I don’t know why I am so fascinated with the moon.  It just seems an impossible, magical thing, hanging up there in the sky.  You’d think that, with all we now know about it the romance of the moon would diminish.  But for me, it’s only grown.

Through the All Things Moon course, delightfully taught by the Museum’s deeply knowlegeable Shafran Observatory Manager, Clyde Simpson, I learned just how unique and symbiotic our Earth-Moon system is. In the massive collision of another planet (appropriately named Theia, in Greek mythology, a Titan goddess and mother of the moon goddess Selene), into our own 4.5 billion years ago, we acquired our mighty heart of iron.  In return we blasted and spun off fragmented elements of our crust which coalesced over time into the shining rock, locked in its orbit around us each day.  We are, in fact, geologic twins, or at least siblings.

Our world and life as we know it would not be possible without the companionable influence of our moon. The fact that it is moving away from us a tiny, tiny bit every year worries me.

“The Moon continues to spin away from the Earth, at the rate of 3.78cm (1.48in) per year, at about the same speed at which our fingernails grow.”  Dr. Maggie Alderin-Pocock

Read about it here.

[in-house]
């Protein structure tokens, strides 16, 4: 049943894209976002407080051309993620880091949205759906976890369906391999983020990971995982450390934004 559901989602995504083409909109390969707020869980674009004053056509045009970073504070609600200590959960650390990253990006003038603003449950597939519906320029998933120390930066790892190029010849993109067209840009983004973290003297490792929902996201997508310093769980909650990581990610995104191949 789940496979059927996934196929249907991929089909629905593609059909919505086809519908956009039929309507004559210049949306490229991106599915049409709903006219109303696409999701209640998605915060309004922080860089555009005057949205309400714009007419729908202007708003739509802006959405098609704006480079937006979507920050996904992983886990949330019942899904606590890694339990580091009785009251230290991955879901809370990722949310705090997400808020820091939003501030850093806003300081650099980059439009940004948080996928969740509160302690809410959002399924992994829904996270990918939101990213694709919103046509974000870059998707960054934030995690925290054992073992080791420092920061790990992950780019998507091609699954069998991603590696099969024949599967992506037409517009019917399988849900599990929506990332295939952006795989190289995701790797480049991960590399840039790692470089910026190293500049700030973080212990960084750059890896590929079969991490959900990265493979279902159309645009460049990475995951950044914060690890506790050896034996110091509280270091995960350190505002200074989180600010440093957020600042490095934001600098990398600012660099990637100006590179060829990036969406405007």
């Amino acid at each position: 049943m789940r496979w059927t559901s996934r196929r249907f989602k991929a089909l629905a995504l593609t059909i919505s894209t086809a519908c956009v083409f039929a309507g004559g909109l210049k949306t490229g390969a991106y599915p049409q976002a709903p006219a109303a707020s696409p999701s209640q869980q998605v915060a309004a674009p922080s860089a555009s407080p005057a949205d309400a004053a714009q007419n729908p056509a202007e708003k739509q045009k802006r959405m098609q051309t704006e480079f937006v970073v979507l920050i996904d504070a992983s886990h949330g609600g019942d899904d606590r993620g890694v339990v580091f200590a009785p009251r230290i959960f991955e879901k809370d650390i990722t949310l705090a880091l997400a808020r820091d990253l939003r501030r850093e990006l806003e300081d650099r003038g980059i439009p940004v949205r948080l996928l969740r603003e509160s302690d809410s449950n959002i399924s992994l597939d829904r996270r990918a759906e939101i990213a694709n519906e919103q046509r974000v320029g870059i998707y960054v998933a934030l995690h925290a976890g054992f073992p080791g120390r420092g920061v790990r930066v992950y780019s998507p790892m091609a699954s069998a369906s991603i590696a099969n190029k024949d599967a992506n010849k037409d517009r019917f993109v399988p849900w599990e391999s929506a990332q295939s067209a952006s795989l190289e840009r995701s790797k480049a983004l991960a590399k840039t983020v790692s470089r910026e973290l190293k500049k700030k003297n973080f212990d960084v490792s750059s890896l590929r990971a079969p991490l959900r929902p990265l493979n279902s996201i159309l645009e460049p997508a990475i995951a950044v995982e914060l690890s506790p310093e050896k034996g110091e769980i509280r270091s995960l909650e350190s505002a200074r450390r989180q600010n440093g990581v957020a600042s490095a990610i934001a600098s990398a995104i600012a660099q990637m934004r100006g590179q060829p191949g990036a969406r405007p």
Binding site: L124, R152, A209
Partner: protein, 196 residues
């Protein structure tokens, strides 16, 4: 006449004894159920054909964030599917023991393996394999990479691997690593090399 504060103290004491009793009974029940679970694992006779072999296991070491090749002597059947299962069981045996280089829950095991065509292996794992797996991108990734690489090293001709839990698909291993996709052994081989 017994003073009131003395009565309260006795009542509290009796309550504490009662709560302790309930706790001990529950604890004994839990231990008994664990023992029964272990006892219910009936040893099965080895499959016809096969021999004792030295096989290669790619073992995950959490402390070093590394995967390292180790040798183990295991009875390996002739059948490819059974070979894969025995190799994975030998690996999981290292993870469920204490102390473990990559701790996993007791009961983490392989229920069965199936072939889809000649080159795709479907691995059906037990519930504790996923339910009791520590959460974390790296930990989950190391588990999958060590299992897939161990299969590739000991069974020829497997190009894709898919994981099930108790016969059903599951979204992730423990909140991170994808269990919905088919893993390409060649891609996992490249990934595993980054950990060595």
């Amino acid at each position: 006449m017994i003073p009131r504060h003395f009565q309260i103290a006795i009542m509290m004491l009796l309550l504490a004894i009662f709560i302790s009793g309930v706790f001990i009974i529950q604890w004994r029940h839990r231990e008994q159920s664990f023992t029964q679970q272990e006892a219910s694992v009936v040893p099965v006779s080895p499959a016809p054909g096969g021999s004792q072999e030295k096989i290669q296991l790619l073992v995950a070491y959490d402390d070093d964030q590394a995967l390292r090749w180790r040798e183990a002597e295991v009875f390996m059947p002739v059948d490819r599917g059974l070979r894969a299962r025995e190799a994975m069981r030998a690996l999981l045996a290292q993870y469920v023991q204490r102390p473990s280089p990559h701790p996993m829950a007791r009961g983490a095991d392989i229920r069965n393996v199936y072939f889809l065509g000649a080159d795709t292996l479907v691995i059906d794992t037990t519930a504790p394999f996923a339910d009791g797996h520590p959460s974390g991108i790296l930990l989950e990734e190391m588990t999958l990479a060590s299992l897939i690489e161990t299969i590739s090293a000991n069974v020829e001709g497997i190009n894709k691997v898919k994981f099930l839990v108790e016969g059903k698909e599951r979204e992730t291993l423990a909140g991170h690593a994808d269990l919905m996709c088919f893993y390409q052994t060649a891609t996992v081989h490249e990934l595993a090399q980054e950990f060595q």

Confrontation with the Moon

Full Moon732X520This morning, as the crescent moon sailed up the sky from the east, it pulled bright Venus and Saturn in its wake.  All three climbed, in straight-line order, through the bare-branch ladder of my neighbor’s front lawn tree, winking on and off as they advanced past each twiggy rung. Earlier, when I first rose, Jupiter shone through my bedroom skylight, with the tiny ruby of Mars in tow.

January 6 AM

Four planets and the moon in formation, marching up the January sky. The website EarthSky says that Mercury is there as well, just above the eastern horizon, but the structures of civilization block my view. I expect the brightening sky will make this planet invisible by the time it rises above the housetops.

I have come to love the dark early mornings of winter, when the sky is cloudless and the air, clean as crystal. With a dusting of snow, as there is today, everything seems more sharply defined—more open and exposed.  There’s no barrier between me and the cosmos.

Tonight I am taking my first of four classes at the Natural History Museum: All Things Moon.  And I am remembering the first time I saw the moon through a telescope, about 30 years ago.  When I put my eye to the eyepiece and the moon floated into view – so clear – it actually scared me. I could see the craters, the mountains and plains so razor sharp, right there-in front of me.  The distance between us disappeared and I was confronted, face-to-face, with the moon. Apollo 17

Confronted.  It felt like a confrontation; so powerful and immediate and undeniable in its detail.  The moon became real to me that night in a way it had never existed before. It became an impossible thing, a magical and deliciously frightening thing, hanging there in the night sky.